CONAN: Sure.

RON: The question I had--according to National Geographic, BBC, various news agencies, in the early '90s, it appeared that the majority of the Iranian population from ages 16 to 30 were seeking democracy, and my question is, why didn't the US step in at that time and help this group of people?

CONAN: Ray Takeyh?

Mr. TAKEYH: Yeah, there is actually a considerable appetite within Iran and its rather sophisticated population and its literate population--unlike many other countries in the Middle East, Iran's literacy rate is about 85, 90 percent--for a more representative political system. And that's largely an internal struggle, and it has to move on its own pace and with its own dynamic and direction. I'm not quite sure if an external power such as the United States at any point, whether it's in the 1990s or today, can do much to install or accelerate those democratic trends. Iran will change, but it is a change that has to come from inside and on the initiative of the Iranian peoples themselves.

CONAN: I'm--thanks, Ron.

RON: Thank you.

CONAN: The--obviously the reformers, Mr. Khatemi, were--well, they were--a lot of them were prohibited from running for election last time around. Pragmatists were defeated in the election. Ray Takeyh, you describe a situation where politically, Iran's got a lot of internal problems, economic problems as well, and now all of a sudden, the right wing is going to be responsible for everything.

Mr. TAKEYH: In--both elections of 1997 that led to the rise of the reformers and President Khatemi and the election of 2005, were both important elections in one respect. In 1997, Iranians voted for political change and political accountability. In 2005, to the extent that Iranians voted, they voted for economic justice and economic accountability. So this new regime in Iran does have a mandate, and it is a rather--an onerous mandate, namely to resolve Iran's economic situation, to provide more for the population and deal with its material grievances. I don't believe it can achieve those objectives, and so like every other administration in Iran's post-revolutionary period, eventually Iranians may be disappointed with the government that they elected because of its inability or unwillingness or incapacity to actually deliver on its political pledges.

CONAN: And what about the opposition groups? And we've referred to them broadly, I guess, as reformers and pragmatists. There's obviously a lot of factions in there.

Mr. TAKEYH: Yeah. The reformers have to essentially go back to the drawing board and think what happened. In 1997, they got about 75 percent of the vote and in the 2005 election, they got maybe about 20 percent of the vote. So along the way, they lost touch with the public. They have to go back to the think tanks or the research organizations or to the grassroots organizations and once again reconnect with the Iranian public, a connection that they lost while they were in power. And one of the reasons why they lost it is because the reform movement was rather an upper middle-class elite movement that focused on lofty political ambitions such as reconciling democracy with Islam, and it never really had an economic agenda, and for many Iranian people who were struggling with difficult economic times, that was an important shortcoming.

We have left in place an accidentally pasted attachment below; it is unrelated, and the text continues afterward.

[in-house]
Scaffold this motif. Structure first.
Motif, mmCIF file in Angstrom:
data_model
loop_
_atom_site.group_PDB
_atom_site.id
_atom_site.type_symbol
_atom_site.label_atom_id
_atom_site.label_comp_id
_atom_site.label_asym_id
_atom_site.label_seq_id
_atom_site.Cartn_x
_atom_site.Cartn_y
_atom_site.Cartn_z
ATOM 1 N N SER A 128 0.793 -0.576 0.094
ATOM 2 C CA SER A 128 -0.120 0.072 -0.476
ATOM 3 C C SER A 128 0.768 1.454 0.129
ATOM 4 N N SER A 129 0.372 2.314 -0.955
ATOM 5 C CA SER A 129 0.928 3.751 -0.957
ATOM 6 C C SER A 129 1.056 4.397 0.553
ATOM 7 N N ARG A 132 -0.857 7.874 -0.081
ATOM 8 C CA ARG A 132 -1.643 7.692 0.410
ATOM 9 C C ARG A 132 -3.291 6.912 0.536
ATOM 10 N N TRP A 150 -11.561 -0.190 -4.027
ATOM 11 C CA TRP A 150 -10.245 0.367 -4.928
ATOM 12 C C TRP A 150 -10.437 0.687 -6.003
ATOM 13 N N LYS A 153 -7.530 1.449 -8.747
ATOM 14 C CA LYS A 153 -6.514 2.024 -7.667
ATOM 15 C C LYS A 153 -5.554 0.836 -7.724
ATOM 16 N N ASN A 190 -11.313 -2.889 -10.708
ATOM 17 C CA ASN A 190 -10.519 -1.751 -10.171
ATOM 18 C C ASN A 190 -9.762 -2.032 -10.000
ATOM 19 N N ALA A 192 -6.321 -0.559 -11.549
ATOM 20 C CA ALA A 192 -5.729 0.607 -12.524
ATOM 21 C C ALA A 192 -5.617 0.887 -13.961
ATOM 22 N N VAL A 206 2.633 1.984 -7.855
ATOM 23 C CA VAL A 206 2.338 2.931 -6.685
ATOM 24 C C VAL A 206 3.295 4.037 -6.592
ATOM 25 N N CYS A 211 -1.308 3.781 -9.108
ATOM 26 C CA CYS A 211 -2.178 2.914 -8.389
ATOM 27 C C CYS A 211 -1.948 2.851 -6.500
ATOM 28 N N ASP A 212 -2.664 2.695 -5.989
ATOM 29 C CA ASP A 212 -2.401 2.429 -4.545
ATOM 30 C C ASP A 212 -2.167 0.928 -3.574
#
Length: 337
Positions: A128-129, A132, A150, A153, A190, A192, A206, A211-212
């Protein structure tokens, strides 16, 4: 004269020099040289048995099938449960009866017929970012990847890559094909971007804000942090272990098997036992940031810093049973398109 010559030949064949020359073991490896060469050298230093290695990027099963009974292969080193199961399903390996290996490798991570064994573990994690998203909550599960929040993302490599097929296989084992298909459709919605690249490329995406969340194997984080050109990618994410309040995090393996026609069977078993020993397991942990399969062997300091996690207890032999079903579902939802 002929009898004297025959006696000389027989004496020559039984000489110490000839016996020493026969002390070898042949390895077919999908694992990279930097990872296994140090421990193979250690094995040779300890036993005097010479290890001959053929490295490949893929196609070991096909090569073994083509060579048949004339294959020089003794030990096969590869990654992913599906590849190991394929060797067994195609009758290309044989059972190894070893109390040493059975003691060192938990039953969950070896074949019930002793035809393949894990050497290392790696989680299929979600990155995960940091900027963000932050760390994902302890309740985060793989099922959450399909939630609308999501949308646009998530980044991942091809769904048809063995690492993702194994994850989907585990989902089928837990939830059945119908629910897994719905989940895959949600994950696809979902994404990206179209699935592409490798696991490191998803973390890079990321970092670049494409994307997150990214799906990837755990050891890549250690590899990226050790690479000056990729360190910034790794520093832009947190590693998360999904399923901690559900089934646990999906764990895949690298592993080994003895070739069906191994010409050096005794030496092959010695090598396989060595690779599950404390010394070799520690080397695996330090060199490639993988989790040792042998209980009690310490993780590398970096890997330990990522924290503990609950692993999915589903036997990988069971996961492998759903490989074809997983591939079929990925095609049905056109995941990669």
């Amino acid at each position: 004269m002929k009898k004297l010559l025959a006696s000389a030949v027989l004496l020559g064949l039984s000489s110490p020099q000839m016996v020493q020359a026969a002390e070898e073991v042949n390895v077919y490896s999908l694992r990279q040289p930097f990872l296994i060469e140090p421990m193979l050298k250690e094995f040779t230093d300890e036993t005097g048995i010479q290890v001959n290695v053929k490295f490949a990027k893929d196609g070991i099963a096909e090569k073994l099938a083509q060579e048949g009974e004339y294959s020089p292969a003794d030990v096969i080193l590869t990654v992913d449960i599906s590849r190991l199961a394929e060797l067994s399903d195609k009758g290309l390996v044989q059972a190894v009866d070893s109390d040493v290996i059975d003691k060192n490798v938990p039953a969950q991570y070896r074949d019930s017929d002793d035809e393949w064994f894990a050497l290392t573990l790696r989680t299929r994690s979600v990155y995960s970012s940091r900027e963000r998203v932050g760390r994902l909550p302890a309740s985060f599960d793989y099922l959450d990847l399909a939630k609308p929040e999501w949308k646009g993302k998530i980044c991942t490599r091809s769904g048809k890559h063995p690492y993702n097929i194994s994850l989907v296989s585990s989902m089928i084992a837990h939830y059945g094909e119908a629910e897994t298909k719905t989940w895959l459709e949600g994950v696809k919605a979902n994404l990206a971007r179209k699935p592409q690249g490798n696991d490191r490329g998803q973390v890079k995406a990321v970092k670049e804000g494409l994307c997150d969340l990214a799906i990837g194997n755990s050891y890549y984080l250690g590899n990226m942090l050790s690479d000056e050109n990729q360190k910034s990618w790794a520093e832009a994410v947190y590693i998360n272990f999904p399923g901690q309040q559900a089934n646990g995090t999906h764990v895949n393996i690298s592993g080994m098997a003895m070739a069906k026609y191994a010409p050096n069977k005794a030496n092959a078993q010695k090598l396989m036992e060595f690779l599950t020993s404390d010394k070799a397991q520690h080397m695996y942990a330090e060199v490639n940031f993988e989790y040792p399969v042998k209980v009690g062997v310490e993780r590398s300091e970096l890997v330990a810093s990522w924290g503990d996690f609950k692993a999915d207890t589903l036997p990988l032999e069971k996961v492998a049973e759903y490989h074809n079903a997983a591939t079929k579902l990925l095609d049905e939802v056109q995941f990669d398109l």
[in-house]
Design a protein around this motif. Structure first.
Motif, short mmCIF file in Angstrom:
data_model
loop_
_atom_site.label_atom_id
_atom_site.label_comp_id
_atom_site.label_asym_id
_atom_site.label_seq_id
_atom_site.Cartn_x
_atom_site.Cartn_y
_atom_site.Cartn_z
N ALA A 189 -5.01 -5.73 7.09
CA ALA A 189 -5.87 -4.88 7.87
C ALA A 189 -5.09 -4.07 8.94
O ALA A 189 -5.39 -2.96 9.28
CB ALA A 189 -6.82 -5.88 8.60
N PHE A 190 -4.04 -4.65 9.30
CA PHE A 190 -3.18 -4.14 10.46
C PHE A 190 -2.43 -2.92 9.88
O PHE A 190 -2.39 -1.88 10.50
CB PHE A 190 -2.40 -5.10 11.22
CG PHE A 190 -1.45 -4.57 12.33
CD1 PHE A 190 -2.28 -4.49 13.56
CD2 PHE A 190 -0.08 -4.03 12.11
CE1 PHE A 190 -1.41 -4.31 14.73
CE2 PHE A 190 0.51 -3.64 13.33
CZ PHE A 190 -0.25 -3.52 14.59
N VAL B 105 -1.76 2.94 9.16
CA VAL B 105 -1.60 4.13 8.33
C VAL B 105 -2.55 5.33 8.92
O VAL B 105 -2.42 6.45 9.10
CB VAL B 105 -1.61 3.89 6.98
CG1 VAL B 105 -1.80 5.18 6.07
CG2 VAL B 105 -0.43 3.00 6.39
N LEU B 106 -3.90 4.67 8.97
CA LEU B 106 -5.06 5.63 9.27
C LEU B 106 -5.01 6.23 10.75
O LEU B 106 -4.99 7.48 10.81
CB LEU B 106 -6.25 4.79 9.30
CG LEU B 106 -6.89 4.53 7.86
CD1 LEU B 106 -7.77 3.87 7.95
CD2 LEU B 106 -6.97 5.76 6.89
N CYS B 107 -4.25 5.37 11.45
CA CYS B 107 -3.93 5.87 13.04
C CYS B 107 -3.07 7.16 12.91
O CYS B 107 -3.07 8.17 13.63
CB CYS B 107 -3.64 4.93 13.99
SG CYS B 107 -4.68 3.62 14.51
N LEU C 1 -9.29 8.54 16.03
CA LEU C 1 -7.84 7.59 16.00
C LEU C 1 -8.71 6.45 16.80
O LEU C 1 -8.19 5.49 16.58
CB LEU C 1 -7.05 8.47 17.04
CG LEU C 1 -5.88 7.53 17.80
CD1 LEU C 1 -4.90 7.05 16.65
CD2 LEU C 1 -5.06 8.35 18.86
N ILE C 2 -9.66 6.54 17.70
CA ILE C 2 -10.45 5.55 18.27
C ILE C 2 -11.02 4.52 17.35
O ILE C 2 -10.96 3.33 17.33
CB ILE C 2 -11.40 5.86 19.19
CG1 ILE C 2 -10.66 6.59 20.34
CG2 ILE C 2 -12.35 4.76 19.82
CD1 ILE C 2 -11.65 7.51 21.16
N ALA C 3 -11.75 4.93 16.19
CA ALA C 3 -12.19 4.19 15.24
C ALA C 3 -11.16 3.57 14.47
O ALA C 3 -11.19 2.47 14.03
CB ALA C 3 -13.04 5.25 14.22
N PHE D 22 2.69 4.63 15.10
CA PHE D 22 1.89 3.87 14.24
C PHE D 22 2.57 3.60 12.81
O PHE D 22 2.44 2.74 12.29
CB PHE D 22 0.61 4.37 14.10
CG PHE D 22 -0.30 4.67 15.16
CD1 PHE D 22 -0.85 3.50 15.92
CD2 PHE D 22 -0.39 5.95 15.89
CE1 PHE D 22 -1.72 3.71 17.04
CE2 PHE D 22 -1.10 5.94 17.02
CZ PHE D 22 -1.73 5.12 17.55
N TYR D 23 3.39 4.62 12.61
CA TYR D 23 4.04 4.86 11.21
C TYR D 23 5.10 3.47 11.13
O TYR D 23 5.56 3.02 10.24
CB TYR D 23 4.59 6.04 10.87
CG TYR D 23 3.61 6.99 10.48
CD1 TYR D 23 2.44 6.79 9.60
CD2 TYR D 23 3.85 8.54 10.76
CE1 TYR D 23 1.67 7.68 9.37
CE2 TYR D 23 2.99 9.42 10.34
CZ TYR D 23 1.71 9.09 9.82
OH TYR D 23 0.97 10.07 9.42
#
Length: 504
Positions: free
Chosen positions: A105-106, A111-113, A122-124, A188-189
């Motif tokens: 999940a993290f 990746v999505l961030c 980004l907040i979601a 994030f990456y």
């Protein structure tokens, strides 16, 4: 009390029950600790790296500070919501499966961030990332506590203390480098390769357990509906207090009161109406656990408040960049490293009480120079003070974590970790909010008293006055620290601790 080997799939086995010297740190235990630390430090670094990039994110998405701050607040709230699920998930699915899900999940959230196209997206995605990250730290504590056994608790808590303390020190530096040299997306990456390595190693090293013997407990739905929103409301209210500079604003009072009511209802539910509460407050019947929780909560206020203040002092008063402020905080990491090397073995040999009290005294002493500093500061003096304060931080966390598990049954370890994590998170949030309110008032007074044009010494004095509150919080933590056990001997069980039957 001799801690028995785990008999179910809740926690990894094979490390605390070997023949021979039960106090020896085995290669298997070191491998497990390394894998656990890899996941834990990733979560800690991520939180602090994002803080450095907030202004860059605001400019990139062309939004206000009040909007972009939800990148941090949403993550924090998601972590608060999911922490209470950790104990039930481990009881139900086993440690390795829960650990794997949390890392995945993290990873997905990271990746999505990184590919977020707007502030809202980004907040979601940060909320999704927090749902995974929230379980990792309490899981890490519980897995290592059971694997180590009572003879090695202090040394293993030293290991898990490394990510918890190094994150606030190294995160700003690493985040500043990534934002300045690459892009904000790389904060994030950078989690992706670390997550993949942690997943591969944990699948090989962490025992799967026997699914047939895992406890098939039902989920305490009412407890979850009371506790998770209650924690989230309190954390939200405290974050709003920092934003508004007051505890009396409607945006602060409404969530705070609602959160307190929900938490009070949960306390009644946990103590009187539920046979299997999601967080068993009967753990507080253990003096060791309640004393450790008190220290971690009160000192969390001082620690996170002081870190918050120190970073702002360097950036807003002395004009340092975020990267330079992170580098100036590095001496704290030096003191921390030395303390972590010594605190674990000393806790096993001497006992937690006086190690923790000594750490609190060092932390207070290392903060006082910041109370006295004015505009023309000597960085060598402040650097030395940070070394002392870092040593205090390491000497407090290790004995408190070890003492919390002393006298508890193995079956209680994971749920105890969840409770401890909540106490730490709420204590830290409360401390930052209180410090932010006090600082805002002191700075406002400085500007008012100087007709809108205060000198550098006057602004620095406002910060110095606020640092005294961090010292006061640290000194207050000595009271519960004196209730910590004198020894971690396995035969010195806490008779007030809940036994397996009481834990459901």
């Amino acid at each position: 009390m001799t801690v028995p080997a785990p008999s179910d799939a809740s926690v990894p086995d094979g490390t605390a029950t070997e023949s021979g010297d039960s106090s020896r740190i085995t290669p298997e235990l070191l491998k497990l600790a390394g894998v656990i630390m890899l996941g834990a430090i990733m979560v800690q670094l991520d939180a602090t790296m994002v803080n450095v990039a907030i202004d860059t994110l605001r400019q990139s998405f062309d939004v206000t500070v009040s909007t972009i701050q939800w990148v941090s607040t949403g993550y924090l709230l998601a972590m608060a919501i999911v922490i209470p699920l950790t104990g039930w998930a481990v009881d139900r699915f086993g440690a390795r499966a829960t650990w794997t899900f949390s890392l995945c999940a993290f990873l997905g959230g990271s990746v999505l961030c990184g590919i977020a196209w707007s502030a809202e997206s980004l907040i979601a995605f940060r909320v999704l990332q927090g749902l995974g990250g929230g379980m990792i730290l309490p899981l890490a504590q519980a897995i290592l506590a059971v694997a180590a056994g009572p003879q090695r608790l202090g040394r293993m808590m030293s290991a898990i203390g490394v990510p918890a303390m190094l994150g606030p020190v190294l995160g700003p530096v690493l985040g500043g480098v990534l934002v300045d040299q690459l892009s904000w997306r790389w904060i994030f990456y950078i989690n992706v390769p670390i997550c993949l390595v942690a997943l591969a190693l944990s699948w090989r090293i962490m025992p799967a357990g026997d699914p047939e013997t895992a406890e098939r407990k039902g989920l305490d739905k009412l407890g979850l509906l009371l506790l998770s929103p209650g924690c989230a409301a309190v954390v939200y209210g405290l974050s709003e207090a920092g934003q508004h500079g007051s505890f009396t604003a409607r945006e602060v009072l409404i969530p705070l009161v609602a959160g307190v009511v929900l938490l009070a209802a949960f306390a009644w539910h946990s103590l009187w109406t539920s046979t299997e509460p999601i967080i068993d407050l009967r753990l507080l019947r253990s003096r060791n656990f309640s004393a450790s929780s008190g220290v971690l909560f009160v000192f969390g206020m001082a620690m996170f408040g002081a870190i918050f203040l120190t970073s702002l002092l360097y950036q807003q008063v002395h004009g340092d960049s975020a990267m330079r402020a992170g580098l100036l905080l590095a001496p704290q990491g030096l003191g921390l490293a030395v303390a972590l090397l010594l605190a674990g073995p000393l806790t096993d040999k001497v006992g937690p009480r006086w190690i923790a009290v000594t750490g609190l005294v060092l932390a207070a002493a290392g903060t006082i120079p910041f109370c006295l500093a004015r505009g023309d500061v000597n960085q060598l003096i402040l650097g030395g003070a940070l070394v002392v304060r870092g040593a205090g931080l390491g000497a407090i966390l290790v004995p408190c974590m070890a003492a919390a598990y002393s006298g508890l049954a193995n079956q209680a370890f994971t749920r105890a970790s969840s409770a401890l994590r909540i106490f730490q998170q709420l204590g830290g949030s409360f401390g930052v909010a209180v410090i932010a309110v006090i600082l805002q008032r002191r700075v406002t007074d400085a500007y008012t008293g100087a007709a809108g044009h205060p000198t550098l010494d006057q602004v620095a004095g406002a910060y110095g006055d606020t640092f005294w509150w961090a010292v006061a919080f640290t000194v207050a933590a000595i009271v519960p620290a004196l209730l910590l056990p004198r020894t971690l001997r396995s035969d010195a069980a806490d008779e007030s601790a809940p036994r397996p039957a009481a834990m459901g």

So the reform movement now has an opportunity to go back, rethink its strategies, reformulate its strategies and maybe re-establish a connection with the Iranian people. There's efforts to do that. I'm not sure if they'll succeed or not, but that's the only possible way that the reform movement can come back. It cannot come back with the slogans of the mid- to late-1990s. It has to come back with a very different agenda that has a populist appeal.

CONAN: Mm-hmm. And, Mike, I know you've talked with some of those people in various kinds of opposition groups as well.

SHUSTER: Yeah. I think that they're quite confused at this stage of the game. They fought for some eight years, those outside of government, those in the parliament. They were--they tried to implement reform policies that were often blocked by the other governmental structures dominated by the clerics. I think economic policy is of central importance in Iran, and every time I've been there, people have told me that. But there's an ongoing struggle. There's a deep-down division within Iranian society and those who hold office, both on the clerical and on the political side, about just what kind of an economy Iran ought to be. There is a sense among some that the Iranian oil wealth ought to be used to be redistributed to the people, and a kind of Islamic socialism exists in part in Iran, but over the last five or eight years, that's led to a stagnant economy and economists and other analysts say there needs to be much more of a modernization of the economy and opening it up. And most analysts that I've spoken to do not think that President Ahmadinejad and those who support him are gonna pursue policies like that, thereby expecting that Iran's economy will continue to stagnate despite the fact of very high oil prices which, of course, benefits Iran.